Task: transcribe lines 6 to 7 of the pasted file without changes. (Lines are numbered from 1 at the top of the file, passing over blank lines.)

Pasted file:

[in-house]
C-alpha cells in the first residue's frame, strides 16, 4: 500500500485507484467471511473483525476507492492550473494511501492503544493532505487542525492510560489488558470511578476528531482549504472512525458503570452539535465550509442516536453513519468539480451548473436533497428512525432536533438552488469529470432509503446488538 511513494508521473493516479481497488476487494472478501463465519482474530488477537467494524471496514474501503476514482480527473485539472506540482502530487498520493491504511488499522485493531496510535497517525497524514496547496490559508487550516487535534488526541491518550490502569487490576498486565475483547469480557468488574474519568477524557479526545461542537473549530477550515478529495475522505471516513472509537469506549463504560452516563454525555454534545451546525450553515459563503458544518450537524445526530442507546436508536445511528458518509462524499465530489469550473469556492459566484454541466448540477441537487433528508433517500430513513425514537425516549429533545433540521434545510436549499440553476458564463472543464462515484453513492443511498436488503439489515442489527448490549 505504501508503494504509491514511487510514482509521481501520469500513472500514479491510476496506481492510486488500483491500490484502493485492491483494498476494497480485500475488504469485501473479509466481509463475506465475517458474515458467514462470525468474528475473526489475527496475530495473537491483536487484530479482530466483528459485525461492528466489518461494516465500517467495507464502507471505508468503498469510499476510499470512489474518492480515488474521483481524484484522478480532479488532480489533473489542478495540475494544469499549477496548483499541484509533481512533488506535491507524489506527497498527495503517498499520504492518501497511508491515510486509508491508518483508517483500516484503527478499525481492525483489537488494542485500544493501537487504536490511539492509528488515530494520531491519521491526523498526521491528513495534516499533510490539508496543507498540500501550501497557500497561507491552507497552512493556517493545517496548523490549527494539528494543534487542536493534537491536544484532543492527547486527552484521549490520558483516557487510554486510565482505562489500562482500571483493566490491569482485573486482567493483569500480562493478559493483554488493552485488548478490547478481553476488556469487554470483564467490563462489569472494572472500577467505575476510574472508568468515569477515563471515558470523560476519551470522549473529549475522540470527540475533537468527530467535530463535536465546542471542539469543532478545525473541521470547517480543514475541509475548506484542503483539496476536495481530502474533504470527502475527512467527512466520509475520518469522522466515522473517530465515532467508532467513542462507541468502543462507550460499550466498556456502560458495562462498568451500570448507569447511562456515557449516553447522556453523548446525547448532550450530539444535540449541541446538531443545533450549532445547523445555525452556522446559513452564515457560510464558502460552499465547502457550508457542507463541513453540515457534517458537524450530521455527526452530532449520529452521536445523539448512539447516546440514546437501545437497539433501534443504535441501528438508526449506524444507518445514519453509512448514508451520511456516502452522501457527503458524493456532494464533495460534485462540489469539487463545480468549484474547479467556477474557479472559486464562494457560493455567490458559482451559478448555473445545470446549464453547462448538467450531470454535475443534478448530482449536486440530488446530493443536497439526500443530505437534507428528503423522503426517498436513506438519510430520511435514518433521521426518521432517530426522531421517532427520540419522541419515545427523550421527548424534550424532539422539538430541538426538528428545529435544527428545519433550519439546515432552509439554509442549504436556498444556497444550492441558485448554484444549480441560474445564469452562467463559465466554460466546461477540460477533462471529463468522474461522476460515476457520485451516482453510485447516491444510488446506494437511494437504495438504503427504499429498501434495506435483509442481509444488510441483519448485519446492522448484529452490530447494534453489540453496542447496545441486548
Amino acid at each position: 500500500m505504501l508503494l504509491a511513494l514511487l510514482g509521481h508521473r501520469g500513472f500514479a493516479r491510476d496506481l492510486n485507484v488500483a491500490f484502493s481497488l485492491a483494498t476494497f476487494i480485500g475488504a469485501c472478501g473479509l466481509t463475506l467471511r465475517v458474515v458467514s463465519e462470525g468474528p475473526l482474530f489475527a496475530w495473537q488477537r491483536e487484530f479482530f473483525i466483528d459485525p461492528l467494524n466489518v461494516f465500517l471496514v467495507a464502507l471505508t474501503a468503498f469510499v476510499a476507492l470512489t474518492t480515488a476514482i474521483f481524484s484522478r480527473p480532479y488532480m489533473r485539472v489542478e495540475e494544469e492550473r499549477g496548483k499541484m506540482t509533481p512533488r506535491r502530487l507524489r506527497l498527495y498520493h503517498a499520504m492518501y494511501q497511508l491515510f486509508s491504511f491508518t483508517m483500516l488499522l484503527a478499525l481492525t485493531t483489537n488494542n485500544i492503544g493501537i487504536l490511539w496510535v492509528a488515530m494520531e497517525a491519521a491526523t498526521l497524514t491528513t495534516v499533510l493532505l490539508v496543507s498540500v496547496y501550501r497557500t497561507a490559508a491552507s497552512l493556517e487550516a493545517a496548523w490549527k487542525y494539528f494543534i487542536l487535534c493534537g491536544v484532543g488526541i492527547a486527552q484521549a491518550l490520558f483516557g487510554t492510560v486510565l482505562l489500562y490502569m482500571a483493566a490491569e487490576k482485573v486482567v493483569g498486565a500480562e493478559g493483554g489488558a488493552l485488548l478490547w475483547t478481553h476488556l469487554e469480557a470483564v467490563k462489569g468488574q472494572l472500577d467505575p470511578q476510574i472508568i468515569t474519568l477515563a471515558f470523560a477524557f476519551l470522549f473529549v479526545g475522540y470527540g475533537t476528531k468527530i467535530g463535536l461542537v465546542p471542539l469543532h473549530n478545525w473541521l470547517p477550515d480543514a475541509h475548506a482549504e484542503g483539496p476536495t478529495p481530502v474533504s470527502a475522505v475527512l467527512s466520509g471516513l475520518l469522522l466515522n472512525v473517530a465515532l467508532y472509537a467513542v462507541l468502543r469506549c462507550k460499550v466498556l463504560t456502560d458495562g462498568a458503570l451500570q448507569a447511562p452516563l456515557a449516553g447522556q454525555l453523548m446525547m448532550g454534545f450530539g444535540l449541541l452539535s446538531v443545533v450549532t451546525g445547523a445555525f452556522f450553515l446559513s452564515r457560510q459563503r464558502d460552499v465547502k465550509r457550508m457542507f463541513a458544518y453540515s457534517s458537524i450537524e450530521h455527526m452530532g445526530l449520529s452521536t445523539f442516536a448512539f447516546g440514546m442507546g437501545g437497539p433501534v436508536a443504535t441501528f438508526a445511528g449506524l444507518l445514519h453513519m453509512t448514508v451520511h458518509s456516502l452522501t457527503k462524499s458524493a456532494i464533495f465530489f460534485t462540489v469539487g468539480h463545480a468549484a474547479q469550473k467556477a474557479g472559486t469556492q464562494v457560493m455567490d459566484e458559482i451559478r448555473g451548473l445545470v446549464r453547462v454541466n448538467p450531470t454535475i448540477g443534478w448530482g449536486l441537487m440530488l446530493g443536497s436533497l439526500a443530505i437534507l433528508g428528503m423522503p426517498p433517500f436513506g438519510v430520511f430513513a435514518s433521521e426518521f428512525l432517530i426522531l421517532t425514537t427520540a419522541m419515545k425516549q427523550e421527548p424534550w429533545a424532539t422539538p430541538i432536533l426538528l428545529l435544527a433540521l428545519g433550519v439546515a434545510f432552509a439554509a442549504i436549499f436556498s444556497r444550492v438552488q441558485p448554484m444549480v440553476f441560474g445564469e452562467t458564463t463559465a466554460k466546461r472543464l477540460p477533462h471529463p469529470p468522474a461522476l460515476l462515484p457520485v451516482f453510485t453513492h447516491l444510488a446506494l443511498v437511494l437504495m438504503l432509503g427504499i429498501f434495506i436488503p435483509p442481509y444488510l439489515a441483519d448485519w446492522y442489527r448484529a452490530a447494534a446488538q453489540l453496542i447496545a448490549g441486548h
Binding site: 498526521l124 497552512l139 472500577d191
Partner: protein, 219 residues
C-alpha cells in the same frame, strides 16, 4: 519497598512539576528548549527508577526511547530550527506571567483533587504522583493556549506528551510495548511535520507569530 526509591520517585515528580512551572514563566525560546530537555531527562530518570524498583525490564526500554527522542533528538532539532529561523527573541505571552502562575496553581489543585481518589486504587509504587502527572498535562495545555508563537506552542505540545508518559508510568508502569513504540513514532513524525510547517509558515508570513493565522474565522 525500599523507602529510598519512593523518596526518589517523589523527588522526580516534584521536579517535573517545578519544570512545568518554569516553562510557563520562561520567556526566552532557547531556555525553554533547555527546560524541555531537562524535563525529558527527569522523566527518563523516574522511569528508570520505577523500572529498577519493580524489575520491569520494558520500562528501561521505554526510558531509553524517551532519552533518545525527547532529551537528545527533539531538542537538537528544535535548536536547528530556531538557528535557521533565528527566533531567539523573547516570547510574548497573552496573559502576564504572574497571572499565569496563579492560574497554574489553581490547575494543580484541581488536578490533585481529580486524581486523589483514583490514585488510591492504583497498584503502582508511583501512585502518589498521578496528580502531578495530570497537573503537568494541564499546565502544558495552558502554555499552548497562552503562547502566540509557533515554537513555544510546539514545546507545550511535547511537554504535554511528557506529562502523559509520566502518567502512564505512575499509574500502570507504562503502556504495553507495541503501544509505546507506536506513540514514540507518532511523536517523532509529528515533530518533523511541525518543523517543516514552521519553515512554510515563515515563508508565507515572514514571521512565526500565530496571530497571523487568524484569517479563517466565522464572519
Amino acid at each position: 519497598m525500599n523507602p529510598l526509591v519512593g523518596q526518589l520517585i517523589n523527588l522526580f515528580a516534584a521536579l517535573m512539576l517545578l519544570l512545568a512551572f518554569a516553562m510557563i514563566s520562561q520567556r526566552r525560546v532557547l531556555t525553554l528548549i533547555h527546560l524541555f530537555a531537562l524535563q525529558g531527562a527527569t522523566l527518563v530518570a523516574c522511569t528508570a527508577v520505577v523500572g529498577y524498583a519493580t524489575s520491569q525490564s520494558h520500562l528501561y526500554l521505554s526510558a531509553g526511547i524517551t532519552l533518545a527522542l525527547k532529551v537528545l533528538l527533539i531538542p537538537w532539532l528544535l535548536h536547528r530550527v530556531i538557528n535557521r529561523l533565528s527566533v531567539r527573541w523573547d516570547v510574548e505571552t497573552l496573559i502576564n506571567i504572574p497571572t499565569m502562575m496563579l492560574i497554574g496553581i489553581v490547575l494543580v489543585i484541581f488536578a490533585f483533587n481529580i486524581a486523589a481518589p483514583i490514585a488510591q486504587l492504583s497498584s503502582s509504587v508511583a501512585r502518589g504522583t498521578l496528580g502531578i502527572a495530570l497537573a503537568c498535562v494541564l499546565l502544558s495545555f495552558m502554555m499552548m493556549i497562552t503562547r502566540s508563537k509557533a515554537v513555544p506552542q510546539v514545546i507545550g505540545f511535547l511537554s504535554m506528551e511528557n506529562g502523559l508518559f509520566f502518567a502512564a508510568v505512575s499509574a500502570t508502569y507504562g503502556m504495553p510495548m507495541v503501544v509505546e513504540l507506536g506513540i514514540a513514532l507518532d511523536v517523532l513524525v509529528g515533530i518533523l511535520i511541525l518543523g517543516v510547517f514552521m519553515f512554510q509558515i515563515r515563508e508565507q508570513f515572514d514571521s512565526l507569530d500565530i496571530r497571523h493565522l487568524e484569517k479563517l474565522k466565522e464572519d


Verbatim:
C-alpha cells in the same frame, strides 16, 4: 519497598512539576528548549527508577526511547530550527506571567483533587504522583493556549506528551510495548511535520507569530 526509591520517585515528580512551572514563566525560546530537555531527562530518570524498583525490564526500554527522542533528538532539532529561523527573541505571552502562575496553581489543585481518589486504587509504587502527572498535562495545555508563537506552542505540545508518559508510568508502569513504540513514532513524525510547517509558515508570513493565522474565522 525500599523507602529510598519512593523518596526518589517523589523527588522526580516534584521536579517535573517545578519544570512545568518554569516553562510557563520562561520567556526566552532557547531556555525553554533547555527546560524541555531537562524535563525529558527527569522523566527518563523516574522511569528508570520505577523500572529498577519493580524489575520491569520494558520500562528501561521505554526510558531509553524517551532519552533518545525527547532529551537528545527533539531538542537538537528544535535548536536547528530556531538557528535557521533565528527566533531567539523573547516570547510574548497573552496573559502576564504572574497571572499565569496563579492560574497554574489553581490547575494543580484541581488536578490533585481529580486524581486523589483514583490514585488510591492504583497498584503502582508511583501512585502518589498521578496528580502531578495530570497537573503537568494541564499546565502544558495552558502554555499552548497562552503562547502566540509557533515554537513555544510546539514545546507545550511535547511537554504535554511528557506529562502523559509520566502518567502512564505512575499509574500502570507504562503502556504495553507495541503501544509505546507506536506513540514514540507518532511523536517523532509529528515533530518533523511541525518543523517543516514552521519553515512554510515563515515563508508565507515572514514571521512565526500565530496571530497571523487568524484569517479563517466565522464572519
Amino acid at each position: 519497598m525500599n523507602p529510598l526509591v519512593g523518596q526518589l520517585i517523589n523527588l522526580f515528580a516534584a521536579l517535573m512539576l517545578l519544570l512545568a512551572f518554569a516553562m510557563i514563566s520562561q520567556r526566552r525560546v532557547l531556555t525553554l528548549i533547555h527546560l524541555f530537555a531537562l524535563q525529558g531527562a527527569t522523566l527518563v530518570a523516574c522511569t528508570a527508577v520505577v523500572g529498577y524498583a519493580t524489575s520491569q525490564s520494558h520500562l528501561y526500554l521505554s526510558a531509553g526511547i524517551t532519552l533518545a527522542l525527547k532529551v537528545l533528538l527533539i531538542p537538537w532539532l528544535l535548536h536547528r530550527v530556531i538557528n535557521r529561523l533565528s527566533v531567539r527573541w523573547d516570547v510574548e505571552t497573552l496573559i502576564n506571567i504572574p497571572t499565569m502562575m496563579l492560574i497554574g496553581i489553581v490547575l494543580v489543585i484541581f488536578a490533585f483533587n481529580i486524581a486523589a481518589p483514583i490514585a488510591q486504587l492504583s497498584s503502582s509504587v508511583a501512585r502518589g504522583t498521578l496528580g502531578i502527572a495530570l497537573a503537568c498535562v494541564l499546565l502544558s495545555f495552558m502554555m499552548m493556549i497562552t503562547r502566540s508563537k509557533a515554537v513555544p506552542q510546539v514545546i507545550g505540545f511535547l511537554s504535554m506528551e511528557n506529562g502523559l508518559f509520566f502518567a502512564a508510568v505512575s499509574a500502570t508502569y507504562g503502556m504495553p510495548m507495541v503501544v509505546e513504540l507506536g506513540i514514540a513514532l507518532d511523536v517523532l513524525v509529528g515533530i518533523l511535520i511541525l518543523g517543516v510547517f514552521m519553515f512554510q509558515i515563515r515563508e508565507q508570513f515572514d514571521s512565526l507569530d500565530i496571530r497571523h493565522l487568524e484569517k479563517l474565522k466565522e464572519d